However, according to Stapp, SMPD’s data on cite and release trends shows different information than the County’s report. 

“The problem with trying to understand trends of cite and release or the underlying issues with it, by only looking at the numbers, is that that's really difficult to do,” Stapp said. 

He said in order to understand cite and release, SMPD had to go back and look at each report individually. Though SMPD has not reviewed every offense to check for cite and release eligibility, they did manually check possession of marijuana offenses. 

“And so just generating numbers doesn't give you the benefit of doing that,” Stapp said. “There's so many complicating factors that could make an arrest not eligible for a citation.”

Stapp said SMPD’s Operations Assistant Chief manually reviewed each possession of marijuana arrest for 2018 to determine how many were truly eligible by state law for cite and release. He found that out of 239 possession of marijuana arrests, 181 of them were not eligible for cite and release, according to Stapp.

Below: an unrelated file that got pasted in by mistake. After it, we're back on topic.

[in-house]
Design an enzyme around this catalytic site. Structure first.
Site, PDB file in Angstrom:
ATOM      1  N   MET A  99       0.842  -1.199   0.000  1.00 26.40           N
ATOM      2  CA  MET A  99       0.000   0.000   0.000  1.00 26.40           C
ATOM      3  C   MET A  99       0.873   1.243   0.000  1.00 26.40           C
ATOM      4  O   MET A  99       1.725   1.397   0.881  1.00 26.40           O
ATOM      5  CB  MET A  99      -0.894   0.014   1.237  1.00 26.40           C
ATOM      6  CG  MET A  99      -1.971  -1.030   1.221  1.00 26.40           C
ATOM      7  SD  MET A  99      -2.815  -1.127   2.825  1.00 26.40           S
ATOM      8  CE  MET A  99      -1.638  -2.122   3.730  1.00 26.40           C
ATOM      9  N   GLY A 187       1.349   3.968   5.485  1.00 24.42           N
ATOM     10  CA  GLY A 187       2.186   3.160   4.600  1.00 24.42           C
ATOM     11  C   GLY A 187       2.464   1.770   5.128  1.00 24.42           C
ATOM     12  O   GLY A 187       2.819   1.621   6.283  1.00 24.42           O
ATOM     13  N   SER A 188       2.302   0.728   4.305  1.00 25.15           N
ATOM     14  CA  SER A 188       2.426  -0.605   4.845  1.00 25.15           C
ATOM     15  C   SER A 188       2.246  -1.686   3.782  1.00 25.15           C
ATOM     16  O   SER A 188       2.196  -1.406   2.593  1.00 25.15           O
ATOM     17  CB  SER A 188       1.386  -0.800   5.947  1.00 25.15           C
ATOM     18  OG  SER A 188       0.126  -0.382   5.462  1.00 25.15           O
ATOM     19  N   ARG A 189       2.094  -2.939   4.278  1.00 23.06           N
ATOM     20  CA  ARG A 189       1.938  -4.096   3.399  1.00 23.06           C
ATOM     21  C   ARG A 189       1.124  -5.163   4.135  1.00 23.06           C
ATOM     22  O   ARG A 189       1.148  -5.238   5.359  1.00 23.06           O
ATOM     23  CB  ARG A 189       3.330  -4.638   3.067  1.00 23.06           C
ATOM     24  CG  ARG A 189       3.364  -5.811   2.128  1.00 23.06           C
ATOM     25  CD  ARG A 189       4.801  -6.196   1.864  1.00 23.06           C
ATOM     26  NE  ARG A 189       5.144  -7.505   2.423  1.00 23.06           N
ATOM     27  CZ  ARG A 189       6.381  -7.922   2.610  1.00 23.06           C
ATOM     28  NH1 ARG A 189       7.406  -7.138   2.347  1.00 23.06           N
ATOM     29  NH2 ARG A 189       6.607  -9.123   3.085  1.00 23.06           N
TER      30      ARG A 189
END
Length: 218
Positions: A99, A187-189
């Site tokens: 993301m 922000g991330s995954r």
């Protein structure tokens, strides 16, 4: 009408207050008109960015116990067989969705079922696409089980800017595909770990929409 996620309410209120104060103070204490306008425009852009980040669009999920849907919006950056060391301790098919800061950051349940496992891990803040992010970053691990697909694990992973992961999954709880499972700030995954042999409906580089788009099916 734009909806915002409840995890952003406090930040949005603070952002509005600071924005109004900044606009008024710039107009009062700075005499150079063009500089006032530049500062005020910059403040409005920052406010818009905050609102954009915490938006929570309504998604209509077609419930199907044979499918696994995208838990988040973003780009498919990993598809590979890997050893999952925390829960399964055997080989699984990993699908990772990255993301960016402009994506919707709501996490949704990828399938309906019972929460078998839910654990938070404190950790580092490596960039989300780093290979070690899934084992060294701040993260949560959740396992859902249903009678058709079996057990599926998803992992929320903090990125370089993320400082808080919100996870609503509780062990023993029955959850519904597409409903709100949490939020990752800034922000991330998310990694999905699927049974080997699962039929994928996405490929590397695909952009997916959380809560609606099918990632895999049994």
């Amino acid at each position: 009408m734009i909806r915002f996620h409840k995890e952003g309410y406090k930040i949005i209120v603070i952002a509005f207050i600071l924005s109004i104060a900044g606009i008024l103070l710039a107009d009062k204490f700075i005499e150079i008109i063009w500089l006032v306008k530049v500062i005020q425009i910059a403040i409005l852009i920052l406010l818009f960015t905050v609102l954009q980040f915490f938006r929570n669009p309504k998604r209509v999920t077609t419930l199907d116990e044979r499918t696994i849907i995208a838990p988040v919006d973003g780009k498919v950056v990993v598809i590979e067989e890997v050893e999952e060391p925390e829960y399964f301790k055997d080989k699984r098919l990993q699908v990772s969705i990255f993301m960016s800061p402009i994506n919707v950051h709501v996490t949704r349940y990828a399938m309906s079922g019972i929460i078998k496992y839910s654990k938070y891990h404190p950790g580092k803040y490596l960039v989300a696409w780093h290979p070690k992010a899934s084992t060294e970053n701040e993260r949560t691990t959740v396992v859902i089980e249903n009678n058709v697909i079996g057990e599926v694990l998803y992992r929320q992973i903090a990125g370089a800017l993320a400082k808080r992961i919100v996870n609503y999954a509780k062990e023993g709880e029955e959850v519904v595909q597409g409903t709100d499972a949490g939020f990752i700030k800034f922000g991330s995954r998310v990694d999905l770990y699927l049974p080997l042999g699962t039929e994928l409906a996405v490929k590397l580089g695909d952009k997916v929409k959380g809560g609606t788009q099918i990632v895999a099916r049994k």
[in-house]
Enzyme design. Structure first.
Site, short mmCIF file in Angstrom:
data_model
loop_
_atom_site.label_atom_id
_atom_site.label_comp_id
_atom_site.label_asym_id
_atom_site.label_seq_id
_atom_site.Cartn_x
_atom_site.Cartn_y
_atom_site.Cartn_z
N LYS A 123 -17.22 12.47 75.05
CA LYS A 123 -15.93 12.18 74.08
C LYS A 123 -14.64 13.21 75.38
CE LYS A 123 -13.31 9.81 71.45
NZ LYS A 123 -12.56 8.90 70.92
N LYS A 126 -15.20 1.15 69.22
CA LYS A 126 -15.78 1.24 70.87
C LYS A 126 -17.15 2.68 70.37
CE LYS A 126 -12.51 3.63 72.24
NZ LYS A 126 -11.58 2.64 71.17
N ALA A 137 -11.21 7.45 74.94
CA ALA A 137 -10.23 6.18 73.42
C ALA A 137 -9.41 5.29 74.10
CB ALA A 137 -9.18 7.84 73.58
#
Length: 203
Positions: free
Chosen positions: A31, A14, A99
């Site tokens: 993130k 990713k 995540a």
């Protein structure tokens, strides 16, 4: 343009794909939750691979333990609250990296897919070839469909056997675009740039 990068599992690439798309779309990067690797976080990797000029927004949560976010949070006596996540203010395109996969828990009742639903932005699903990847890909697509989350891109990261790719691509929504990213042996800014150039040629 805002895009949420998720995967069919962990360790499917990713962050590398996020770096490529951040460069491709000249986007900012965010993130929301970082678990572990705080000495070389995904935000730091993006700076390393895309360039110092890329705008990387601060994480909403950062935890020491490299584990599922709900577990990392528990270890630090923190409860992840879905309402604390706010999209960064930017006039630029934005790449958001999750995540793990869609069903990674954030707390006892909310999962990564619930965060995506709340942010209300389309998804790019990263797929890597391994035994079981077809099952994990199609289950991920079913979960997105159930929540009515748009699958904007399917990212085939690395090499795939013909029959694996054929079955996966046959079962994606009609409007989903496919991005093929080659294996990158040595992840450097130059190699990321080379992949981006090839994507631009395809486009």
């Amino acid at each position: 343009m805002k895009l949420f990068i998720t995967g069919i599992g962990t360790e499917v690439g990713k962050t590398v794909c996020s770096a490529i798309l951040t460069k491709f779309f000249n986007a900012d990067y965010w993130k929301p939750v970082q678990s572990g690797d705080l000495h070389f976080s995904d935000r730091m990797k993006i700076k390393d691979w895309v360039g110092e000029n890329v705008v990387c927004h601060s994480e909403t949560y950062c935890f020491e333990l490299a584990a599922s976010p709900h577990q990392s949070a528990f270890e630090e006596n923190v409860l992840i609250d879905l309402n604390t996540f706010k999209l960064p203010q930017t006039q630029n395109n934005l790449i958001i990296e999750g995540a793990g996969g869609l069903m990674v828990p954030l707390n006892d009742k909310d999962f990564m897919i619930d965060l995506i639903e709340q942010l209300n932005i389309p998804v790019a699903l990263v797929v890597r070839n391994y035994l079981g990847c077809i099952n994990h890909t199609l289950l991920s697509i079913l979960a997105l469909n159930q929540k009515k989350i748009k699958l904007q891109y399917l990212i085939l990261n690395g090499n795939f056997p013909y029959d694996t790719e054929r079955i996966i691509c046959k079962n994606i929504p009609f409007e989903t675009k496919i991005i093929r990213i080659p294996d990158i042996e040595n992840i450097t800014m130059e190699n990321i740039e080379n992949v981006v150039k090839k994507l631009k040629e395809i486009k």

“Of the remaining cases, we used cite and release seven times in 2018 for this offense,” Stapp said. “These numbers do not include the many instances wherein officers use alternatives to arrest at the street level such as allowing the offender to destroy the contraband on the scene and not filing the possession of marijuana charge at all.  We allow officers to do this while recording the transaction on video for small but useable quantities of marijuana.  We do not track this practice, so we are not able to provide data about exactly how often it happens.” 

According to Stapp’s information on possession of marijuana arrests, 58 cases in 2018 were eligible for cite and release, meaning cite and release was used 12% of the time for possession of marijuana eligible cases.